Person to Person (Defa, 2017)

I’ve only been to New York once. I was young, and didn’t know how to appreciate the places I visited like I do now. But I remember it had an imposing majesty about it, at once old to its bones as much as it was vibrant with possibility. I think Person to Person captures that feeling well. Everywhere you look is a story unfolding. Everything explodes with potentiality. From the crumbs of the mundane comes something magical and alive, and you must train your eyes to see it. One must stop still and let the music in the air reach your ears.

This film is composed of four vignettes that occur simultaneously, not really blurring into each other except in the ways the lives of ordinary New Yorkers are examined in turn. In one, a news reporter and his anxious apprentice chase down a juicy crime story involving a cagey widow and a broken wristwatch. In another, an opinionated woman hangs out with her friend and ruminates on her existence as a (possible) lesbian. In the third, a music enthusiast finds himself conned when the vintage jazz record he buys turns out to be fake. And in the fourth, the enthusiast’s depressed housemate learns a lesson in humility when it is revealed he posted revenge porn of his ex-girlfriend on the Internet.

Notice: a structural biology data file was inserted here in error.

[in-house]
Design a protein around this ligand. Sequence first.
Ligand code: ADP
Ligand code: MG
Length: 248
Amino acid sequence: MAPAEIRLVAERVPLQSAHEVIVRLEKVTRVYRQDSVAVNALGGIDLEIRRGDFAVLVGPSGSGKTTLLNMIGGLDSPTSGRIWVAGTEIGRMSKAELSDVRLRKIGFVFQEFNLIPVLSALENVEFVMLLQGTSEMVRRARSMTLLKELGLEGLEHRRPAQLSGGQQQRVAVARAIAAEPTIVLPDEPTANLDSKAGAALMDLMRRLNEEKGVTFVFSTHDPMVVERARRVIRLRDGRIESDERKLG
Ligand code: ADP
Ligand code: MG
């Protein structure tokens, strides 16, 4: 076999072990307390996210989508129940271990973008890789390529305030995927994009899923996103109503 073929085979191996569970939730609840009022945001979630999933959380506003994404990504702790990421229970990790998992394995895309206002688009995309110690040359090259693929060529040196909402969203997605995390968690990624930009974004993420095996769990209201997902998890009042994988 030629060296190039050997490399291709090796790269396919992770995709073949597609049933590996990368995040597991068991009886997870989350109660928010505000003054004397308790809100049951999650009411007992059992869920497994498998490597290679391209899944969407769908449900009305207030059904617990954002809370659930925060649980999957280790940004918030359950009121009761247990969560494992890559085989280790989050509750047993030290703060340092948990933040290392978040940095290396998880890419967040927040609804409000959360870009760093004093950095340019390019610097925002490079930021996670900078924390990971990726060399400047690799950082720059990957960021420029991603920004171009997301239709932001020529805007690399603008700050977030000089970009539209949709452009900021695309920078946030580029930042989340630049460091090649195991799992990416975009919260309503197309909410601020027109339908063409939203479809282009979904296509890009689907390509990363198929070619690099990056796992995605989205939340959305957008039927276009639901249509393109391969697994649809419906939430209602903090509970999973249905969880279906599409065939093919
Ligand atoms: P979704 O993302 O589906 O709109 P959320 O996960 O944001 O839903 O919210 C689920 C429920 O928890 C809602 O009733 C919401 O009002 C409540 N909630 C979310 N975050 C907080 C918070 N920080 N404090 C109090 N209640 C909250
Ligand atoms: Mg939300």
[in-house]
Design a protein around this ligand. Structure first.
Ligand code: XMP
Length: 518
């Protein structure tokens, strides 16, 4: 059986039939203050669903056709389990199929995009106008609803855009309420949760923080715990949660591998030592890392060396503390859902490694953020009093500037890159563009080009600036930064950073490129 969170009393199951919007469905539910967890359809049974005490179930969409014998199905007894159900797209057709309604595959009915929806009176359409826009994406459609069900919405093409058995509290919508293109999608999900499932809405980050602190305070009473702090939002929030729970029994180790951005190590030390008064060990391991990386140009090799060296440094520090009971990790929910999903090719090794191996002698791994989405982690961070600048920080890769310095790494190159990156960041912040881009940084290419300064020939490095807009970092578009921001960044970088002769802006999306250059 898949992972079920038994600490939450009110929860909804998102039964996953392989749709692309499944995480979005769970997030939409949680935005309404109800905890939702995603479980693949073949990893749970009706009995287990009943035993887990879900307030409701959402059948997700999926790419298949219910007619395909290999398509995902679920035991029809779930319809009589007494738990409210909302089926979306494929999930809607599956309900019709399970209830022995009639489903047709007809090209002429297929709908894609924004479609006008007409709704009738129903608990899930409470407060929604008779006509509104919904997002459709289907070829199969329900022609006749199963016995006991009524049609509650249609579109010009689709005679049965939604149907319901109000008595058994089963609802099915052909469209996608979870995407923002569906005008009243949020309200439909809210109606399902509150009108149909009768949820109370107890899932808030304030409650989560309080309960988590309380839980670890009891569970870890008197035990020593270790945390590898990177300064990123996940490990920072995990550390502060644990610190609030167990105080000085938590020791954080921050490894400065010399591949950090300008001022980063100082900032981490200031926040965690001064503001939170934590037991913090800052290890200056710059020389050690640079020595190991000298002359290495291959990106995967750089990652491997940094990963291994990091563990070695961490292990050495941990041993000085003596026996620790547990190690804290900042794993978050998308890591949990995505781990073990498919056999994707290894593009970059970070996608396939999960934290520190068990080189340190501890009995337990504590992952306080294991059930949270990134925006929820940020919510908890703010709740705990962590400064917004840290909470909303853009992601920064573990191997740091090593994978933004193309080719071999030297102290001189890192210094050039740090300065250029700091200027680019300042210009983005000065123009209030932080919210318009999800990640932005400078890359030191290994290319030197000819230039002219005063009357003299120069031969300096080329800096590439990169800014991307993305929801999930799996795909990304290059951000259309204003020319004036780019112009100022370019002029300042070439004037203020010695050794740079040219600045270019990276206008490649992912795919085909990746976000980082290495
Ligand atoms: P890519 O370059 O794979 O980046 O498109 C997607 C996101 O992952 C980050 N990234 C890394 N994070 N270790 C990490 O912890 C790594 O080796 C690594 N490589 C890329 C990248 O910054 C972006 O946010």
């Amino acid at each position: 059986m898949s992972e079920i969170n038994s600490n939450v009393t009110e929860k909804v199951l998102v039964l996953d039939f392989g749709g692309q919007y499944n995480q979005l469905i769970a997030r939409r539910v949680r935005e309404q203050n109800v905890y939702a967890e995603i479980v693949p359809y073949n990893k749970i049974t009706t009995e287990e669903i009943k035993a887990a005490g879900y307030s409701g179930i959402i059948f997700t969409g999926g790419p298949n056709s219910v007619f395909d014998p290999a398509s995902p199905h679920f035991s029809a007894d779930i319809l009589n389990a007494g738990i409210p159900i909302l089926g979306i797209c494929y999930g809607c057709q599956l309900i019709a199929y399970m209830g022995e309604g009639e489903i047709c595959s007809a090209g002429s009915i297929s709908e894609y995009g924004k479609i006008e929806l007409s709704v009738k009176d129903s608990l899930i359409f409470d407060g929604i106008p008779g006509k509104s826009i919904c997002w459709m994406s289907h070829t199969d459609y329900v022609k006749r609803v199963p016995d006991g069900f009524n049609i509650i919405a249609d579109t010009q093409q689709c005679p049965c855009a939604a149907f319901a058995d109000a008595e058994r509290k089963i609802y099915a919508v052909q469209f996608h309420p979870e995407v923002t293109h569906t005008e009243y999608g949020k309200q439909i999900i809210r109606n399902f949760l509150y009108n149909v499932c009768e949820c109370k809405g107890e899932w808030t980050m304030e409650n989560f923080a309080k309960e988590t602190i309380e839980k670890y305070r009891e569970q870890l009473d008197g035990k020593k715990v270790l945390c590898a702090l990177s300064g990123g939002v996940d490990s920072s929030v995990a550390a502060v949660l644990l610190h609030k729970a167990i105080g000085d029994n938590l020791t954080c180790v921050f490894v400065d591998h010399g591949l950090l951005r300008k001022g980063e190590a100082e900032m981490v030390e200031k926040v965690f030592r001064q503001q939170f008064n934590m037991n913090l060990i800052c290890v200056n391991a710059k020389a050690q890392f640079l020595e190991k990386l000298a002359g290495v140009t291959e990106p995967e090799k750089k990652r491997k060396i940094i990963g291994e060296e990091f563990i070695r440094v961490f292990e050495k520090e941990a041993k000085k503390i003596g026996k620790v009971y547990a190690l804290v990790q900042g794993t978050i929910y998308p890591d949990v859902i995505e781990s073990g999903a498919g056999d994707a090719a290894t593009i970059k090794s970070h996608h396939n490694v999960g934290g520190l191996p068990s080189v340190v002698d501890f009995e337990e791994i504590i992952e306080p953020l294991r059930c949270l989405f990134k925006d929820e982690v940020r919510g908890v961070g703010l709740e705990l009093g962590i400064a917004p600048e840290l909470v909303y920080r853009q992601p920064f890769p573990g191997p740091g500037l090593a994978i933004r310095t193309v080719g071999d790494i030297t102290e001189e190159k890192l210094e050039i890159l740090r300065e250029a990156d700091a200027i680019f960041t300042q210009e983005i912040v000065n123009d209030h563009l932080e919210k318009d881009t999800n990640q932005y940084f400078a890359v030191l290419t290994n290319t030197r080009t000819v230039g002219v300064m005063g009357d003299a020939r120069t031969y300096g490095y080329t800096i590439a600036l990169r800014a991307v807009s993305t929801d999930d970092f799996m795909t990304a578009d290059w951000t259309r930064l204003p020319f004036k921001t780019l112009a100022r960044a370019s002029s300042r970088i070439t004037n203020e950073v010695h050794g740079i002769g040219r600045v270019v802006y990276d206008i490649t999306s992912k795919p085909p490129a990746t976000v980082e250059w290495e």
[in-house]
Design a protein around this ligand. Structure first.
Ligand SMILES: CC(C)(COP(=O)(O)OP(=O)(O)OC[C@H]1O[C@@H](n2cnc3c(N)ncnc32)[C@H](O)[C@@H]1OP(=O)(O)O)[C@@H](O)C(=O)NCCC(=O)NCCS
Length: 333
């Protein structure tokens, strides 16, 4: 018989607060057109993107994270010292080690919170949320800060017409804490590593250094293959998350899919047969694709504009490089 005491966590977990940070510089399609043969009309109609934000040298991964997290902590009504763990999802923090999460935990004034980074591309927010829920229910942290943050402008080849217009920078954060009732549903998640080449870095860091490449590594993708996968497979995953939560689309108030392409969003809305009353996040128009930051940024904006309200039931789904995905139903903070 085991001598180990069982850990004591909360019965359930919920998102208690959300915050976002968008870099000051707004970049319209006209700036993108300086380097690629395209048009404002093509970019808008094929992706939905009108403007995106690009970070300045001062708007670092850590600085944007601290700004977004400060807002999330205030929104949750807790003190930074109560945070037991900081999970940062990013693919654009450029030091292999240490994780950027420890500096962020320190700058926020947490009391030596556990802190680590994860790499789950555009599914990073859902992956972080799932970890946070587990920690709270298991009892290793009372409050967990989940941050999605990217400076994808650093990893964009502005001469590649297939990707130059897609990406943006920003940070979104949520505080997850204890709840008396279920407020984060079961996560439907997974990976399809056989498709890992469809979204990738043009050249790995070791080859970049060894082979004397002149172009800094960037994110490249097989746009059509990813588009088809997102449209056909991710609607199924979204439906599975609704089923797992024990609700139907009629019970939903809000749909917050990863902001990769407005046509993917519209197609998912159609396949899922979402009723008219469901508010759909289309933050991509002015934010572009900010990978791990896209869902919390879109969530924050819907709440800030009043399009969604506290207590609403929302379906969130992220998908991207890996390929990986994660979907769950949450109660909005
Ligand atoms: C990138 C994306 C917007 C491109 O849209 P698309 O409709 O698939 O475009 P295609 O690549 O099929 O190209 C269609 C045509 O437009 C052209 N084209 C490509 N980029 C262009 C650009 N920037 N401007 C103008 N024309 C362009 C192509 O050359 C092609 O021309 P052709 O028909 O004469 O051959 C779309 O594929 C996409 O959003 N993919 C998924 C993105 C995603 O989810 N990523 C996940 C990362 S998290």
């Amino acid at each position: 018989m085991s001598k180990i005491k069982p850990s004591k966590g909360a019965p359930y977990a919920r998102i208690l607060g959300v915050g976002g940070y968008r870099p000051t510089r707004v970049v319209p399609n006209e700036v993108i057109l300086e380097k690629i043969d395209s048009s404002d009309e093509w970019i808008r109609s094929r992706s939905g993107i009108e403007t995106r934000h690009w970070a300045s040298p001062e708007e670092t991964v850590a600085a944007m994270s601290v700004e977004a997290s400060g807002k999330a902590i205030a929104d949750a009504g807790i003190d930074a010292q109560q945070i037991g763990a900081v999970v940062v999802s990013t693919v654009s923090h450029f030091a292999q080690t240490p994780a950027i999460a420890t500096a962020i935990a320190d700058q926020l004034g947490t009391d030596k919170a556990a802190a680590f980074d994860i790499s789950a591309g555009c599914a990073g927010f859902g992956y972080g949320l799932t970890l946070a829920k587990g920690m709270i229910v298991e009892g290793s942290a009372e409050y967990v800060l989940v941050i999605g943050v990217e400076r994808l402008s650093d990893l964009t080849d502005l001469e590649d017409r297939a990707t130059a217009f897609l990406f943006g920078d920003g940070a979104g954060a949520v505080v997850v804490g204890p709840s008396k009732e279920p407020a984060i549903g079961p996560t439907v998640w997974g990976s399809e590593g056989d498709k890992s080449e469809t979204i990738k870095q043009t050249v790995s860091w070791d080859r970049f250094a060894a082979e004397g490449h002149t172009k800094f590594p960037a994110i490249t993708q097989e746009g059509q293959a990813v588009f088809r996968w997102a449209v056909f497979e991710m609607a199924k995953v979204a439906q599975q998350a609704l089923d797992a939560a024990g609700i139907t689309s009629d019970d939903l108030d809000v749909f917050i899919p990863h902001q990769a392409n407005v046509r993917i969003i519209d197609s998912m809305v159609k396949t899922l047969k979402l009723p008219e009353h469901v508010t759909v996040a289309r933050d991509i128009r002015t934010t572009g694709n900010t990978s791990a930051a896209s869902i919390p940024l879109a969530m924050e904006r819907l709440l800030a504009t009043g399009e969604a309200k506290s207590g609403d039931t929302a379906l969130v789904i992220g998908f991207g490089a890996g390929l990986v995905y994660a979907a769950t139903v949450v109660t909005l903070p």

Now, I can’t say the form of the film allows these characters to come alive to any great extent. I’d say only Tavi Gevinson and Bene Coopersmith manage to crack open their interiorities enough to come across as authentic and truly believable beings (though Philip Baker Hall comes close in a much smaller role). That being said, I didn’t find any of the stories extraneous, and that’s quite a feat for a film that’s shorter than most and a low-budget indie. It makes the most of these stories and integrates them into the New York ethos with a loving and playful air. There’s some seriousness and some levity (hello Michaela Watkins). The jazzy soundtrack is attuned to the spontaneous sensibilities of the city and its people. It sings and glides, and never overstays its welcome.

I don’t live in New York. I don’t know it very well. I suspect that if I did, I’d have more love for this film than I do now. But I greatly appreciate what it does, and how it does it. It makes me want to fly out to the Big Apple right now and stroll the avenues, imbibing its unique offerings and seeing what hidden stories are being told in its nooks and crannies.

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